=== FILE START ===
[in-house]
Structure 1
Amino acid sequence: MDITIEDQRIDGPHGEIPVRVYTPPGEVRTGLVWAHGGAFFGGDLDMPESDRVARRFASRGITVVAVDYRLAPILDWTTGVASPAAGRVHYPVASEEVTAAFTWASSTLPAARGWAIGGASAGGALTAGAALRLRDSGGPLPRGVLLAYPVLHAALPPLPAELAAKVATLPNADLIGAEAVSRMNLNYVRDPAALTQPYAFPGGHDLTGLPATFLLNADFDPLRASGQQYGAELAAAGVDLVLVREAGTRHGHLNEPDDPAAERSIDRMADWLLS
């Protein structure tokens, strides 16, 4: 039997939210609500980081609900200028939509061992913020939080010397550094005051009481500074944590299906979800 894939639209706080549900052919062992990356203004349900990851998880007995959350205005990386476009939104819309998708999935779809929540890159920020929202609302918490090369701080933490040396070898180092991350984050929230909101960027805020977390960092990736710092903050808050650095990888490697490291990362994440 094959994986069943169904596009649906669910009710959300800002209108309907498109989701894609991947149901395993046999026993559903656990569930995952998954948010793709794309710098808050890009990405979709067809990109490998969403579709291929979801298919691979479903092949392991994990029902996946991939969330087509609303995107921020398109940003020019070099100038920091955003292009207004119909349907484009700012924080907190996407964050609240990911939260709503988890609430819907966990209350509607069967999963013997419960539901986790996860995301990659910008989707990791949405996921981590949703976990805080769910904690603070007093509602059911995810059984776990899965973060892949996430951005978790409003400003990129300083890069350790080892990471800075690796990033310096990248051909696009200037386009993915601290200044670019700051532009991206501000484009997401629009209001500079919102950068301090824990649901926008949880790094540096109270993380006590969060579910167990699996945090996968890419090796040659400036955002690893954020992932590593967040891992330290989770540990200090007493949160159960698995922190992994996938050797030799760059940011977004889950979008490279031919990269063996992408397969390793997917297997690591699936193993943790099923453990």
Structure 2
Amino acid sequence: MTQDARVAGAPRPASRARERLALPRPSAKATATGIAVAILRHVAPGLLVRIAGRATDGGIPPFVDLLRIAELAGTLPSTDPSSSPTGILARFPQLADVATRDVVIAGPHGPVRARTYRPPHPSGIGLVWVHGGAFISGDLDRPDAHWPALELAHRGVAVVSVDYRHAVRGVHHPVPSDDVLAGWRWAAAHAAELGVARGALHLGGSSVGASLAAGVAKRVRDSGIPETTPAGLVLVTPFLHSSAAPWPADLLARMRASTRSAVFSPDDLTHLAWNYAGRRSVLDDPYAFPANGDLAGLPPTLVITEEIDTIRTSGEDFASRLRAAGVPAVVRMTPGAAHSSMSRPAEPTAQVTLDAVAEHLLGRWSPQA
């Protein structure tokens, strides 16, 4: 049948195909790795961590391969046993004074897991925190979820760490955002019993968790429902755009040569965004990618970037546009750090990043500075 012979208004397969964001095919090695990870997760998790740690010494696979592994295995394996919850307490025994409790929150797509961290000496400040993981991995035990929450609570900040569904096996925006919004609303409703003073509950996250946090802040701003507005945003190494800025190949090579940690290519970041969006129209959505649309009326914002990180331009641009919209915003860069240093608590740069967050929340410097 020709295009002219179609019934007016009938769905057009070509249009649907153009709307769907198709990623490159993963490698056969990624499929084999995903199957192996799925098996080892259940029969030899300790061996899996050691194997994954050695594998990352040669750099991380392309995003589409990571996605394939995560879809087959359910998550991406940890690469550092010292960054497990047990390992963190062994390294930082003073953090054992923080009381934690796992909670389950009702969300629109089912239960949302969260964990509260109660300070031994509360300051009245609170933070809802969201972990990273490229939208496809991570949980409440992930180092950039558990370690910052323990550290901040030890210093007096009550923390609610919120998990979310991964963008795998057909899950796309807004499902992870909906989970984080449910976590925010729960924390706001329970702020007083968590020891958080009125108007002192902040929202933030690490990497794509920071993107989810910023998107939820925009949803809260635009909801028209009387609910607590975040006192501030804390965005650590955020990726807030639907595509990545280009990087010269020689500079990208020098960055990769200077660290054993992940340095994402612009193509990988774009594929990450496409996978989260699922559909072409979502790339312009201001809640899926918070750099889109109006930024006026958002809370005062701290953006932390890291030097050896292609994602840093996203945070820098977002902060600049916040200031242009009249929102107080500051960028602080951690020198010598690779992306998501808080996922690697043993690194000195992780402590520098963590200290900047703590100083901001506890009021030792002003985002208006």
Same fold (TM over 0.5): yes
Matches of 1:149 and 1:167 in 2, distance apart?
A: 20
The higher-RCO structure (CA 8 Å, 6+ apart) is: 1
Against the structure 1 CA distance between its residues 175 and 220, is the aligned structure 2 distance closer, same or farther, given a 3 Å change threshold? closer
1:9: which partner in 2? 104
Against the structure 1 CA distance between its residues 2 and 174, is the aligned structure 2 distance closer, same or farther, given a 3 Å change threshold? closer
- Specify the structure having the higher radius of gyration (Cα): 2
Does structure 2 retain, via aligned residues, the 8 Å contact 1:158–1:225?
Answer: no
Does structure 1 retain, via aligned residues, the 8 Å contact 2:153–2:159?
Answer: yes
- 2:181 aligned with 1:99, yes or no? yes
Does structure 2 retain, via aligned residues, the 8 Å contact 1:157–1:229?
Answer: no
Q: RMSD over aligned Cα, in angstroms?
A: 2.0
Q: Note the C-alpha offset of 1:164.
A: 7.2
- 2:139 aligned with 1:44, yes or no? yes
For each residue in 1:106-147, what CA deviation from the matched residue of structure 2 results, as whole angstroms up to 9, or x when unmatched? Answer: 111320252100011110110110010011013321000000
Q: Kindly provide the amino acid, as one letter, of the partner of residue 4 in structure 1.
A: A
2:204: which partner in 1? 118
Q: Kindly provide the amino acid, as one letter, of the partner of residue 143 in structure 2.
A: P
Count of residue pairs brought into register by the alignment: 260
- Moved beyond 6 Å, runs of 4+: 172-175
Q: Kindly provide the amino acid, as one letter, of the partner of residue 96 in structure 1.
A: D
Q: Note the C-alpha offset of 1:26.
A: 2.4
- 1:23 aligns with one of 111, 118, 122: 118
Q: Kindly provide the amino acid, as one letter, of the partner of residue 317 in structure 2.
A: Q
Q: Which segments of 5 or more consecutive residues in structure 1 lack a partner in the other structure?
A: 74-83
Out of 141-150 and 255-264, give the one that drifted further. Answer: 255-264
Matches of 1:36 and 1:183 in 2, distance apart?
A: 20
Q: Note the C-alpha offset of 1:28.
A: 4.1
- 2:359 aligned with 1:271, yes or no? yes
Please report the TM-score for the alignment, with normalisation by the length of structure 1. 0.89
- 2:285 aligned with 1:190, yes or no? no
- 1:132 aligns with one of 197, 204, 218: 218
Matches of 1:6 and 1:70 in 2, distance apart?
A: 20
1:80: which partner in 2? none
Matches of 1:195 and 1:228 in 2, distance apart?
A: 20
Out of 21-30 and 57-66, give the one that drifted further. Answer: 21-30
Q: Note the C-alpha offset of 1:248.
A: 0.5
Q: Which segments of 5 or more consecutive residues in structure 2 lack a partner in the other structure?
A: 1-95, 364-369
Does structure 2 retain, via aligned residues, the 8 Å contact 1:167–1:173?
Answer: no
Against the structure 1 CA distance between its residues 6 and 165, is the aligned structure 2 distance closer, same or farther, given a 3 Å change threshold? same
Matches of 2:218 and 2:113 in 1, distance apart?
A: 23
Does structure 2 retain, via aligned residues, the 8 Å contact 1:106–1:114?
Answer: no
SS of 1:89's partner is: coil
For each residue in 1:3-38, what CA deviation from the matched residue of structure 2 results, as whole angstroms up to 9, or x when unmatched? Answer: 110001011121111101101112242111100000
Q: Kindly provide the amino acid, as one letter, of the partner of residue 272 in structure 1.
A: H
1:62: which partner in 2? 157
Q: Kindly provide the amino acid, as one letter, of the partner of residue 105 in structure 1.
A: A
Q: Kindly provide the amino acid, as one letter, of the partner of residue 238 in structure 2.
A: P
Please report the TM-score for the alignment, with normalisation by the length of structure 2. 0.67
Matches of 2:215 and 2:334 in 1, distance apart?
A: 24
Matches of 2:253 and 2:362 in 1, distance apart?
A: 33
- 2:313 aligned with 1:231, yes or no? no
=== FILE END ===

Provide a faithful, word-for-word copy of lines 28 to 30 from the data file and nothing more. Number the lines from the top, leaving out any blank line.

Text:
For each residue in 1:106-147, what CA deviation from the matched residue of structure 2 results, as whole angstroms up to 9, or x when unmatched? Answer: 111320252100011110110110010011013321000000
Q: Kindly provide the amino acid, as one letter, of the partner of residue 4 in structure 1.
A: A